Sunday, June 1, 2014

Distinction: One Confusion in Gender Norm Analyses

There's a confusion that I've seen in various places whenever an analysis on gender norms is done (and perhaps this tendency exists only among "amateur" analyses). I don't put much interest into such analyses, so I don't keep record of them and can't give any specific examples of where I've seen it happen, but whenever I do read a gender norm analysis, I usually also spot this confusion:

There is a difference between the presentation of the male dominating stereotype with its corresponding female submissiveness and the presence of weakness in a female character at all.

The presence of weakness in a woman is not per se an indication of a gender norm unless one wants to hold that depicting weakness in anyone is a sign of gender/sexual stratification, which seems absurd to me. As humans, we have weaknesses and strengths, each adapted to the individual and circumstances. I've never seen a gender analysis note the unfairness of depicting weakness in any male character. It only rages against that weakness present in female characters.

These analyses, however, do not make their context clear enough: weakness present in female characters becomes gender typing only when the contrast to the presence of strength in male characters is predominant. Sometimes this distinction is made only in a passing paragraph or in the conclusion.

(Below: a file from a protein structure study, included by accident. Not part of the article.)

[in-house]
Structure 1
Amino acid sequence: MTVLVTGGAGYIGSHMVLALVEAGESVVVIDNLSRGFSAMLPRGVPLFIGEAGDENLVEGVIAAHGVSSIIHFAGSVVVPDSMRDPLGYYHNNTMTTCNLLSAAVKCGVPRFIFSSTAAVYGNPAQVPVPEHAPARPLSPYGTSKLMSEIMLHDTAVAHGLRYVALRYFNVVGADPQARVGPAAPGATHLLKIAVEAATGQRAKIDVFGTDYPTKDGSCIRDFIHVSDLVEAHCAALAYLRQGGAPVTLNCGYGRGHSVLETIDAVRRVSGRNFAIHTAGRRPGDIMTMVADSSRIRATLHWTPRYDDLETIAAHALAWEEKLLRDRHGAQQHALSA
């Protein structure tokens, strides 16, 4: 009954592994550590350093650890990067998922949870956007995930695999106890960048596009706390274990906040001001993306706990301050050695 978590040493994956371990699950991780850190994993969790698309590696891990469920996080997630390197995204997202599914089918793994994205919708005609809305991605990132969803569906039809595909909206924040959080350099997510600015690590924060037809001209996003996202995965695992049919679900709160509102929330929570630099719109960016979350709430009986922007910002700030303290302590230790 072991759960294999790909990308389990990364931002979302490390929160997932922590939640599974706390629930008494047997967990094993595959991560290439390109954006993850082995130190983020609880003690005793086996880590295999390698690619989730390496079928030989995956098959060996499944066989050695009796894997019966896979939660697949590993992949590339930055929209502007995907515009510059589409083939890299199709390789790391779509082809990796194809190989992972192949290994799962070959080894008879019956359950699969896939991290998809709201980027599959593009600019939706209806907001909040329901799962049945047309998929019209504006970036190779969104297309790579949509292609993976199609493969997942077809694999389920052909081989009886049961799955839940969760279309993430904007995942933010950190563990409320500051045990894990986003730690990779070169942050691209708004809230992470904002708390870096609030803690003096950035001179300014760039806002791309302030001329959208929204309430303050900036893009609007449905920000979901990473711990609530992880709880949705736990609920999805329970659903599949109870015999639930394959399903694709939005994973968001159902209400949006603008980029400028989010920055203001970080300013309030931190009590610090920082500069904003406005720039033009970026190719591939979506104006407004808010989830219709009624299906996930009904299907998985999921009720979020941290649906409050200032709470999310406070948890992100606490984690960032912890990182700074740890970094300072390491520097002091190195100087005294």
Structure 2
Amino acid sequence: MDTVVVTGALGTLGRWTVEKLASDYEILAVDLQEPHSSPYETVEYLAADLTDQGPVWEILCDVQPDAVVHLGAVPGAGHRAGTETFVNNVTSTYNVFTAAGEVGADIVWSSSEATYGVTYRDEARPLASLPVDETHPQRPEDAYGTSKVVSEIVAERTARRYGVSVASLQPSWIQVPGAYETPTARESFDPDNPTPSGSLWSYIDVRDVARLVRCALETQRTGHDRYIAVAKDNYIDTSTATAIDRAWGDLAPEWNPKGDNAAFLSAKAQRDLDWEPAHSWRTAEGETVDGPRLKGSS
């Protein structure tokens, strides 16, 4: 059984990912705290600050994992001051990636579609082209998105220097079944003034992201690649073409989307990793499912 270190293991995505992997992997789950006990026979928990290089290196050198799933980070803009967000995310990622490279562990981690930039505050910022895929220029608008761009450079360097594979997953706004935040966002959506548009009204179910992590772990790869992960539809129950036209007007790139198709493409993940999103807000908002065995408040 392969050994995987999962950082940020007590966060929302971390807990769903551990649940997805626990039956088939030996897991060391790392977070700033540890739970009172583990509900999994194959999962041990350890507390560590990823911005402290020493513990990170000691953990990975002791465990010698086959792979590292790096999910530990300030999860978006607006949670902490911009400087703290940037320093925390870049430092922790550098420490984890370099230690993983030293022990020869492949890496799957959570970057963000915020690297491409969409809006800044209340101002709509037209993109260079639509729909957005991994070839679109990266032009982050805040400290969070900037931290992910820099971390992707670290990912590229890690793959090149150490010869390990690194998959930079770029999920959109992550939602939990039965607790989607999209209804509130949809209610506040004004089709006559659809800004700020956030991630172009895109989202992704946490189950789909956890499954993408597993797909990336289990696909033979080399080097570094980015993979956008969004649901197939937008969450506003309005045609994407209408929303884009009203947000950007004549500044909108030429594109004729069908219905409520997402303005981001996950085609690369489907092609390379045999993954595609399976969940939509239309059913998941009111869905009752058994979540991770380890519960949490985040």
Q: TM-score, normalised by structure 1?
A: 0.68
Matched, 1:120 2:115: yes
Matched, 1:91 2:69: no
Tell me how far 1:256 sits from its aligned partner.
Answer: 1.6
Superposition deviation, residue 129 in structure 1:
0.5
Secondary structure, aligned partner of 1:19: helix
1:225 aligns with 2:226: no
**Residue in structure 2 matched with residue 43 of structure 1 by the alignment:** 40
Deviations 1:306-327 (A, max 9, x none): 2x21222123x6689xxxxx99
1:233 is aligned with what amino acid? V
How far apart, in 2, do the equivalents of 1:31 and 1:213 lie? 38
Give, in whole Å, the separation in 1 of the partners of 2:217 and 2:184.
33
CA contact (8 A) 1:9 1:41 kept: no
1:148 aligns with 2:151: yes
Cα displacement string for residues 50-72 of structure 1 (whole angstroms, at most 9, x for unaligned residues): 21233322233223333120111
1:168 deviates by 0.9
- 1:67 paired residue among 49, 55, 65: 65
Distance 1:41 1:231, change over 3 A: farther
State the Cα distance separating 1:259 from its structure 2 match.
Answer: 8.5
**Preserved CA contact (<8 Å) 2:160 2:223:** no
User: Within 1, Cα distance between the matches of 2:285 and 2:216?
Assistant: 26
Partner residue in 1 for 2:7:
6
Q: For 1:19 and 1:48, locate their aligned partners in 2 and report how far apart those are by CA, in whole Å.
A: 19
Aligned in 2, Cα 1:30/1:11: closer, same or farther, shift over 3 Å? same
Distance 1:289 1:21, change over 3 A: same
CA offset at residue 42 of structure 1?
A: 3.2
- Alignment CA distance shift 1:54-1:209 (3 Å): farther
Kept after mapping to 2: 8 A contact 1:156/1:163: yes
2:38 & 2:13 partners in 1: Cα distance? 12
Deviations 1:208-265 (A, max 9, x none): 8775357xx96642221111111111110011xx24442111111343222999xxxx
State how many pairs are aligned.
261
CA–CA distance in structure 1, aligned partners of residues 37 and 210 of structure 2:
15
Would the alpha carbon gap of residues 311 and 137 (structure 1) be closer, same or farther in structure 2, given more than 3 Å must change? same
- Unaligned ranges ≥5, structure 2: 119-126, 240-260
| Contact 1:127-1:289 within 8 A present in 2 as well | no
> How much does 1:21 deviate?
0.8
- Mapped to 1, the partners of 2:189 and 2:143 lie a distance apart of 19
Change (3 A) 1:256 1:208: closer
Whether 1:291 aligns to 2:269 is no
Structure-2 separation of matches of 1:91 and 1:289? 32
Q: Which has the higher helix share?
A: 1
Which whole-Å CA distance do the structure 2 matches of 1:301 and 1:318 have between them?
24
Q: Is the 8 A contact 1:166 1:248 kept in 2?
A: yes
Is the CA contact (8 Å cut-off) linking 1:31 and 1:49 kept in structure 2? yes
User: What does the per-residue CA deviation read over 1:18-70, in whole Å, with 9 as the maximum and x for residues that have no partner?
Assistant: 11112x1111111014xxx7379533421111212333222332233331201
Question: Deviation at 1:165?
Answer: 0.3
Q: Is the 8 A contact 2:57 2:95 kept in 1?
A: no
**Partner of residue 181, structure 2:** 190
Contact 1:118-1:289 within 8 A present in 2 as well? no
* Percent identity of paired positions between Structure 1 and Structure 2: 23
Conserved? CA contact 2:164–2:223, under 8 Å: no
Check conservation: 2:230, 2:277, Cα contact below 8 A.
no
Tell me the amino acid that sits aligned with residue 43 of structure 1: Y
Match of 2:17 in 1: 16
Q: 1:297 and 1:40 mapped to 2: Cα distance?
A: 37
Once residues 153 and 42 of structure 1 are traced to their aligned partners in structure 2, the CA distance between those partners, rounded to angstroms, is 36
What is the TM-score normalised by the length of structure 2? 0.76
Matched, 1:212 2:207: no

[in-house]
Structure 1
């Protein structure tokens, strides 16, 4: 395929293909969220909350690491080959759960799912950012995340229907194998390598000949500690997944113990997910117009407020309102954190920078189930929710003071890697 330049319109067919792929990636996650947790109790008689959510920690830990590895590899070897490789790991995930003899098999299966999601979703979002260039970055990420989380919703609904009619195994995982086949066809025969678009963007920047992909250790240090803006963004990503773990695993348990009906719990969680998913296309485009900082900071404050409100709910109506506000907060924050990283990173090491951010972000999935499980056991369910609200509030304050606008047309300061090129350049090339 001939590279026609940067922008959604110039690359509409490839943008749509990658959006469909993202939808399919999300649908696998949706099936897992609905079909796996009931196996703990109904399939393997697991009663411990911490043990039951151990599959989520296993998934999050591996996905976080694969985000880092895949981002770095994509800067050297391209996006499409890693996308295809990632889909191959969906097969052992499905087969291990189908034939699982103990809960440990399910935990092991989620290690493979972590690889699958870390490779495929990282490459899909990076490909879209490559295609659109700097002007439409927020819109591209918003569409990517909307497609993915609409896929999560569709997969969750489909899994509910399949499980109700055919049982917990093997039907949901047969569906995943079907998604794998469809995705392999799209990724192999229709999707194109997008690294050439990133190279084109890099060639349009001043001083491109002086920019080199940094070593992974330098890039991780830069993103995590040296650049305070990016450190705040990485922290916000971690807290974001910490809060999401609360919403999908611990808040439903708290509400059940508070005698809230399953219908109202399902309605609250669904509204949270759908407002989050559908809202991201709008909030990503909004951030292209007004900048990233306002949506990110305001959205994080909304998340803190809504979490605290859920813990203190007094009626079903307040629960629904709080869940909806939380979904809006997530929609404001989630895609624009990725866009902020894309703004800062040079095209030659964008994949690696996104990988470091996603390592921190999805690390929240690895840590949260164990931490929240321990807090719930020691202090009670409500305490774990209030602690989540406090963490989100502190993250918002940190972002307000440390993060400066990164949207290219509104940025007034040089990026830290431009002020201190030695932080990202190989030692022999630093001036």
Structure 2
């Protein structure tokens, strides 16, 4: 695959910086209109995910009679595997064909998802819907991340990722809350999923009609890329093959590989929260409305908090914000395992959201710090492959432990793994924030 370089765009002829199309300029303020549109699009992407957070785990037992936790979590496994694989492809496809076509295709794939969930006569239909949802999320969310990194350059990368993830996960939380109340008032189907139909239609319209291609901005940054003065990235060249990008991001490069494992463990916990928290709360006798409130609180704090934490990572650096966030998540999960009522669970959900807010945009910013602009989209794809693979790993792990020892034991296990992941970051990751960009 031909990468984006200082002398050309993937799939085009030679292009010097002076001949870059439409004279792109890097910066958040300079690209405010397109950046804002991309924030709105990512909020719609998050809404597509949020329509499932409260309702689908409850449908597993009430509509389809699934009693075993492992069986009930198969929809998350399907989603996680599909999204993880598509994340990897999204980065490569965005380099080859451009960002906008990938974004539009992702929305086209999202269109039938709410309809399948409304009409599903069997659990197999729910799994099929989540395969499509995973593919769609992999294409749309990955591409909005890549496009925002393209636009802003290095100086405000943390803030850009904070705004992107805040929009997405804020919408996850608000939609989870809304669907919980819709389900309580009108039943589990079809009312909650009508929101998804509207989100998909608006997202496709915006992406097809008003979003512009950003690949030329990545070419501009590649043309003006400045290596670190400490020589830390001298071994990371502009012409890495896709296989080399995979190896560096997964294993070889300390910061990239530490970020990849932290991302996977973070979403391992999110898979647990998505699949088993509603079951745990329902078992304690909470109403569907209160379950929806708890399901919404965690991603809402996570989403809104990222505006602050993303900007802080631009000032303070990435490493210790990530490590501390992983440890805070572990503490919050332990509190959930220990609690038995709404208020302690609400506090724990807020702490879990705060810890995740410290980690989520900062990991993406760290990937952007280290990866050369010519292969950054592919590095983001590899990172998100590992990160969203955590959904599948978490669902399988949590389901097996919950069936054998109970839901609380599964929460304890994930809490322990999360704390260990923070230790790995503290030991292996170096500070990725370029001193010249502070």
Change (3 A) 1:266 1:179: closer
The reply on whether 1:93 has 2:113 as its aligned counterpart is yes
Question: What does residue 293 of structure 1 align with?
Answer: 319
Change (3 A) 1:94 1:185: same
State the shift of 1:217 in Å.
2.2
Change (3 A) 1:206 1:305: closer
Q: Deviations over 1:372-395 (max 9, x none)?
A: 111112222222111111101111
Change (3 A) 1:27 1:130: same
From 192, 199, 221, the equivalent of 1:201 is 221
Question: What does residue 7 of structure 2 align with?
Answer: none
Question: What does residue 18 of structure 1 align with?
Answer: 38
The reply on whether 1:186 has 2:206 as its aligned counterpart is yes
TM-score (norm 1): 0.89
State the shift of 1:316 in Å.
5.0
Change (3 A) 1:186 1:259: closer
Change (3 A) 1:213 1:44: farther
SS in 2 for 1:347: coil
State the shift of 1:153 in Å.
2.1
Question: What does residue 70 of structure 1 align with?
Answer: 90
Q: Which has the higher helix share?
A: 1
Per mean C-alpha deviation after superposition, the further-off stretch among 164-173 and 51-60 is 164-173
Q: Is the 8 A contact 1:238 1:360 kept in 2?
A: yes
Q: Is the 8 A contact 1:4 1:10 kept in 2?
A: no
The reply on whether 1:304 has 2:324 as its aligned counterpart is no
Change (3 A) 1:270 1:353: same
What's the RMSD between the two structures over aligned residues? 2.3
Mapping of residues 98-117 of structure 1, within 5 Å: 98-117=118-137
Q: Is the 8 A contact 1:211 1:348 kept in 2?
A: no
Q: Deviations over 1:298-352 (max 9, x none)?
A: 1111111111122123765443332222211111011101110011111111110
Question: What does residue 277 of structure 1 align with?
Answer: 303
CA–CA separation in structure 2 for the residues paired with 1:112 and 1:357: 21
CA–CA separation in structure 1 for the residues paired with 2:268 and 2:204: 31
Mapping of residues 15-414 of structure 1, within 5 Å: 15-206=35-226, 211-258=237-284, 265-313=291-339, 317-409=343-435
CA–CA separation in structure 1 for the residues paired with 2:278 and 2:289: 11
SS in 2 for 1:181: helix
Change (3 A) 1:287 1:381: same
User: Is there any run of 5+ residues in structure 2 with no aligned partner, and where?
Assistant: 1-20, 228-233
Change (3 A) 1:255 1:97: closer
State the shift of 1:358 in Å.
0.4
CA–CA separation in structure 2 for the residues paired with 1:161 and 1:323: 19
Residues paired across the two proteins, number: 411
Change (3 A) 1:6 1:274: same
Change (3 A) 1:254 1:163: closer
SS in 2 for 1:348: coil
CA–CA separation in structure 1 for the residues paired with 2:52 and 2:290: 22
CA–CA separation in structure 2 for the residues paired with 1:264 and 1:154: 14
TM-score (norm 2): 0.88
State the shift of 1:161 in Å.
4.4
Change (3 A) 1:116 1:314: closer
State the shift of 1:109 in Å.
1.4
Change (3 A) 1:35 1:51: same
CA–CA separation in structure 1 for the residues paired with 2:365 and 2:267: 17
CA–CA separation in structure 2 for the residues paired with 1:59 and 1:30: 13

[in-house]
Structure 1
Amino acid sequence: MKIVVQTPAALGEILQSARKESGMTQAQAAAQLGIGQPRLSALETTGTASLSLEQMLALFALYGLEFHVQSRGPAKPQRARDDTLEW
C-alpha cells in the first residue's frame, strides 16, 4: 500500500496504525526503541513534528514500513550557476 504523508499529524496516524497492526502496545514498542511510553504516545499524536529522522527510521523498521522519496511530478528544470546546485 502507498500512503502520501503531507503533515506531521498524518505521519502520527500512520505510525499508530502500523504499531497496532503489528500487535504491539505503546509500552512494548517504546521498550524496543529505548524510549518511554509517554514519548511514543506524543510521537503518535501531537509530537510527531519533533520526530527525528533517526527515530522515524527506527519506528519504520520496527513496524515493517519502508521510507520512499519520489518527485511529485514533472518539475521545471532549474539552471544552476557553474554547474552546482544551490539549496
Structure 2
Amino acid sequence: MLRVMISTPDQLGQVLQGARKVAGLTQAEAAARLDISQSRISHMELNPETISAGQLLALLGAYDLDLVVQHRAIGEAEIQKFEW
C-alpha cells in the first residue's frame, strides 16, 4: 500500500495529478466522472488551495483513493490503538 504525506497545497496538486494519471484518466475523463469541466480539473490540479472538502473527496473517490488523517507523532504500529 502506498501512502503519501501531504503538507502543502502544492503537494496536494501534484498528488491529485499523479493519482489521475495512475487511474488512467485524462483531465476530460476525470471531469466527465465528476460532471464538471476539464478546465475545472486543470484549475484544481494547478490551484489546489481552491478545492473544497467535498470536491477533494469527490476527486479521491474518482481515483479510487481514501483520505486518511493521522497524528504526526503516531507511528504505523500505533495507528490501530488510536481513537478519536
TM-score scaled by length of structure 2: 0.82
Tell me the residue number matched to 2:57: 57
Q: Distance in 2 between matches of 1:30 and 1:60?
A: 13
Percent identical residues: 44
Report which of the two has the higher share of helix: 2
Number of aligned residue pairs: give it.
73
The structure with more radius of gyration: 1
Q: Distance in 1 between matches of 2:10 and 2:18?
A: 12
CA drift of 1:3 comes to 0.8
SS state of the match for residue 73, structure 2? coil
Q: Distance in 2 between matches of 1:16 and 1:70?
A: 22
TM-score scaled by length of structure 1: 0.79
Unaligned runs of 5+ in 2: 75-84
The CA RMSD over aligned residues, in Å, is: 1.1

Sometimes I've seen gender norm analysis imply some very bizarre things: for example, if the presence of weakness in female characters is lamented, then the implication (whether the analyzer means it or not) is that female characters ought to be predominantly if not completely strong characters. Yes, it is bizarre and absurd when spelled out so explicitly, but this implication occurs when people tend to write without sufficient clarity and distinction of terms and context. Perhaps one could do a gender norm analysis of these analyses...

Typically (and must this really be stated?), people are interested in characters that possess both strengths and weaknesses. An impenetrable character as well as an infantile character are uninteresting because there is no way to relate to them. If there is a character shrouded by mystery, the assumption is that there is an underlying motive behind that mystery; otherwise the mystery loses its allure. If that motive is not gradually revealed in some way, that mystery loses its appeal. The difficulty for fiction writers is striking the balance between revealing too much and not enough. (E.g. Thomas Harris, who introduced the character Hannibal Lecter to the world, perhaps ended up by revealing too much of the origins of the character's disorder.)

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